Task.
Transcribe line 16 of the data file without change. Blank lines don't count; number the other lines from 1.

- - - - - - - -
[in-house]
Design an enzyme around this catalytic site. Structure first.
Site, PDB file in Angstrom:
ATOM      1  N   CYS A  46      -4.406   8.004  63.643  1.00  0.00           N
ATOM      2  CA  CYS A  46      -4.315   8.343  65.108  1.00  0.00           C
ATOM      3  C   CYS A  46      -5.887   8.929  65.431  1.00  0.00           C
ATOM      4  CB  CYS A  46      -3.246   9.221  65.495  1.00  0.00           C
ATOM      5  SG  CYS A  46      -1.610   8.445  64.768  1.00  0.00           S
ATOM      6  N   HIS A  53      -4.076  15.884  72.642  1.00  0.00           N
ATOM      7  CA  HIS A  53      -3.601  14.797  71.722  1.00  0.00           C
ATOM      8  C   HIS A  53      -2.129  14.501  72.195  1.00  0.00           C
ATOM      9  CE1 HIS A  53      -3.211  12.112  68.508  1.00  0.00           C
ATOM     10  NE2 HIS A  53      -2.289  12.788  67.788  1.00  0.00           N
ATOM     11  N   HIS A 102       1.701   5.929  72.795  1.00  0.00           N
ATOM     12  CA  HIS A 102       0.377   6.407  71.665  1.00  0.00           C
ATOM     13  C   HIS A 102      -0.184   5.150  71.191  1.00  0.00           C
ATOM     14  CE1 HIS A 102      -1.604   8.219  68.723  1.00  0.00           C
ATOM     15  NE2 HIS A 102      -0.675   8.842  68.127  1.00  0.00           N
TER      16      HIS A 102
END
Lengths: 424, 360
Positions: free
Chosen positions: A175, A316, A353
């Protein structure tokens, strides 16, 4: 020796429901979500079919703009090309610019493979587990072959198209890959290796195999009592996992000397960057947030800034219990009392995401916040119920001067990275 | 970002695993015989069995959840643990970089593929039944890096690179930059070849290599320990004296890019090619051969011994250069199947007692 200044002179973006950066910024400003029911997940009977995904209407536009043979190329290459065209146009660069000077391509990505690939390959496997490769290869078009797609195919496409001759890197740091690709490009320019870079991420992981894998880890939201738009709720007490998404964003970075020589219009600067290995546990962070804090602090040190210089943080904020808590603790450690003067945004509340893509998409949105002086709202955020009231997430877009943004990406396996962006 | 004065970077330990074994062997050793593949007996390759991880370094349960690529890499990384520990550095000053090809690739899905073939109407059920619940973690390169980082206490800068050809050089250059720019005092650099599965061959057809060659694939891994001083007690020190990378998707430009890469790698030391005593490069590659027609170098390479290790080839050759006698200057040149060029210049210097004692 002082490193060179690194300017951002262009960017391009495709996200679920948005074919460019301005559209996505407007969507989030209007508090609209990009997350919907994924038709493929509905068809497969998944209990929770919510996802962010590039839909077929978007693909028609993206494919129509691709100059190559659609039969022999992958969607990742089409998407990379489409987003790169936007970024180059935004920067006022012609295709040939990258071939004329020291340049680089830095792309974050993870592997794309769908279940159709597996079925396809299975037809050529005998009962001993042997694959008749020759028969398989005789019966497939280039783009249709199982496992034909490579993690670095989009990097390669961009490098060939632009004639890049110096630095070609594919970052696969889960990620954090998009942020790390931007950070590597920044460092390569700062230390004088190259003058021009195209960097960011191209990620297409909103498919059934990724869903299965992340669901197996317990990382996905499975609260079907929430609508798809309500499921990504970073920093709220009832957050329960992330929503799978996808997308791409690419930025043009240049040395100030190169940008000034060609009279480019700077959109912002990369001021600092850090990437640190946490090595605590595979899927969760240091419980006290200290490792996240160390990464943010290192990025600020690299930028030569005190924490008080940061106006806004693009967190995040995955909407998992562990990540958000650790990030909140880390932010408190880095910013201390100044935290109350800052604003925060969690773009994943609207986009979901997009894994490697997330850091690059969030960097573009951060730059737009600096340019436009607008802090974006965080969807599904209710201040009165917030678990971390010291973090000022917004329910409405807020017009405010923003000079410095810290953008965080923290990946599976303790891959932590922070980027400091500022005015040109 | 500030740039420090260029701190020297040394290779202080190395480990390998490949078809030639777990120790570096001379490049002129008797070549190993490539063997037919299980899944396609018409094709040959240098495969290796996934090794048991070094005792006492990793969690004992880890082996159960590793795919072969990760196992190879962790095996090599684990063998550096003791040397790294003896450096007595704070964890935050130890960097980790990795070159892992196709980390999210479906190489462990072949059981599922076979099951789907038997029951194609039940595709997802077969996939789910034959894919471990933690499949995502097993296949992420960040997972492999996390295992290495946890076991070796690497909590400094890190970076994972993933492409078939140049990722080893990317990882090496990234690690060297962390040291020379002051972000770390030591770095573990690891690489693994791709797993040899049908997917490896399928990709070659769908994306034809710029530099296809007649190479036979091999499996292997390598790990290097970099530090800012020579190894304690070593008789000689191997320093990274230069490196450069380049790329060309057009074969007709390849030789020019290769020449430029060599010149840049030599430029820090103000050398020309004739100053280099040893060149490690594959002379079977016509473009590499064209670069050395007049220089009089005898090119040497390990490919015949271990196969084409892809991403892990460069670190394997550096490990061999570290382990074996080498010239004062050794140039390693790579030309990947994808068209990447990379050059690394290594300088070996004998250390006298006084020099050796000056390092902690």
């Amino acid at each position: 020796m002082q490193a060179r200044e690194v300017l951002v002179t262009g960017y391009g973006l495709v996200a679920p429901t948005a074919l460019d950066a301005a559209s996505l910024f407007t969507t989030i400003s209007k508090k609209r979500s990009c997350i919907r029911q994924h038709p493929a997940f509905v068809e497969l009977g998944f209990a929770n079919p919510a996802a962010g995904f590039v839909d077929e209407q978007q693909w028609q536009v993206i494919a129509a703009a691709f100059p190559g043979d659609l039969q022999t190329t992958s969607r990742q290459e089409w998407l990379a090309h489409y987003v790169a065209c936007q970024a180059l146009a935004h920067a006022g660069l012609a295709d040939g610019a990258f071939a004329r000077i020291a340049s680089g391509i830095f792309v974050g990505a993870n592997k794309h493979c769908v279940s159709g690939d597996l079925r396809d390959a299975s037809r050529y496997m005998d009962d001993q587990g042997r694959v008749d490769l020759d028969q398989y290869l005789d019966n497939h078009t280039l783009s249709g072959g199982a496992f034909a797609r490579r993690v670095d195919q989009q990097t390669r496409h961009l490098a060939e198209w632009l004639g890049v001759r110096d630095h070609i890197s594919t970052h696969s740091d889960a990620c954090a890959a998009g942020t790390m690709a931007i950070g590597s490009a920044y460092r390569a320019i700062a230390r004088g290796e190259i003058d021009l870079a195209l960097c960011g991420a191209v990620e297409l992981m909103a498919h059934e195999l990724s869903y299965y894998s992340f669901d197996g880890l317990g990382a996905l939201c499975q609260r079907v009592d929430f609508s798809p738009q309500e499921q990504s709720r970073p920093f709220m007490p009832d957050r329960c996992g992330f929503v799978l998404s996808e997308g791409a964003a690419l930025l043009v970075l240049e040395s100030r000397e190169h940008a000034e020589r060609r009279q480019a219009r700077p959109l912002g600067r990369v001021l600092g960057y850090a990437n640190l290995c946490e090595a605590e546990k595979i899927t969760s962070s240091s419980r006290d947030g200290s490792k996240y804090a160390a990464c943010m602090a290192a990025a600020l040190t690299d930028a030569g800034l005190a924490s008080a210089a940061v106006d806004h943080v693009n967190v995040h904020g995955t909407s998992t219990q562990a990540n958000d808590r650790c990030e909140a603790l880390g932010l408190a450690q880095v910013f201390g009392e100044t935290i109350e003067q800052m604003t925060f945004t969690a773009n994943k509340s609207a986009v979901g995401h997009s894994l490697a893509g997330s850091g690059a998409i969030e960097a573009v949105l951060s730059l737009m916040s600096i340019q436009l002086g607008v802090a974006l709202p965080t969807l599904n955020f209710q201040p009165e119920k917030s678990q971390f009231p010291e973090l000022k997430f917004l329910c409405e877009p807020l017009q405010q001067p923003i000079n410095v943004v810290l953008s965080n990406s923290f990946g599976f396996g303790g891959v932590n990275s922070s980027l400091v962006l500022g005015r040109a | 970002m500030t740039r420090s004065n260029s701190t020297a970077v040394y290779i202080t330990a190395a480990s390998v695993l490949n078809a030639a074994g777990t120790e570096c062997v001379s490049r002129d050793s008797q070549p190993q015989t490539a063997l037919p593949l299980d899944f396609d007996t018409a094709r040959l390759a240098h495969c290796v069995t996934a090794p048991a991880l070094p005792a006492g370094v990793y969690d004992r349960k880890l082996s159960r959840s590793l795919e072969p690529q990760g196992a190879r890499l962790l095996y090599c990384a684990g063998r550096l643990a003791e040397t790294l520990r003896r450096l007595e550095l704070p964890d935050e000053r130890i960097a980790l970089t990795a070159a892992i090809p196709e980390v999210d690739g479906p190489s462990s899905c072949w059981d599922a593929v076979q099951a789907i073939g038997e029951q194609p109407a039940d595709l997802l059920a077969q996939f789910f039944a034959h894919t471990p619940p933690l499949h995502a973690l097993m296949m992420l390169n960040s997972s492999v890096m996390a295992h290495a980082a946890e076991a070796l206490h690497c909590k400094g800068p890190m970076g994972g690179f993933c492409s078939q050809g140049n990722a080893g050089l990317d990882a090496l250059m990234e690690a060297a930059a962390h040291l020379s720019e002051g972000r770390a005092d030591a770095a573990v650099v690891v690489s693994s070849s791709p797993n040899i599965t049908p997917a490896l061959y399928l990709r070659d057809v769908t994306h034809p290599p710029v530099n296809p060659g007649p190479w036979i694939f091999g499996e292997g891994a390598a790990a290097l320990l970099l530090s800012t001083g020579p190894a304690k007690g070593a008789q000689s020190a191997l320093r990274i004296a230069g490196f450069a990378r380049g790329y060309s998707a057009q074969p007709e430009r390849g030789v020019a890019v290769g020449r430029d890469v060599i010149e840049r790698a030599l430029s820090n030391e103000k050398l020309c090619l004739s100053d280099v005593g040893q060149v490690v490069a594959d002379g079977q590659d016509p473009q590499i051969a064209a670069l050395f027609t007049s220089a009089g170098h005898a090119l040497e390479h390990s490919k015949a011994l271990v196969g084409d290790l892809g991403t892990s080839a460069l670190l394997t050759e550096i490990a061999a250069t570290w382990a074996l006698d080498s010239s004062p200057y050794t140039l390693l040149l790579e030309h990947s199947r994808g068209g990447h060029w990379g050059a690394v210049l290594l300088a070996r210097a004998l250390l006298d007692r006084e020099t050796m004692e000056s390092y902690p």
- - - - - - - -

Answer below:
ATOM     13  C   HIS A 102      -0.184   5.150  71.191  1.00  0.00           C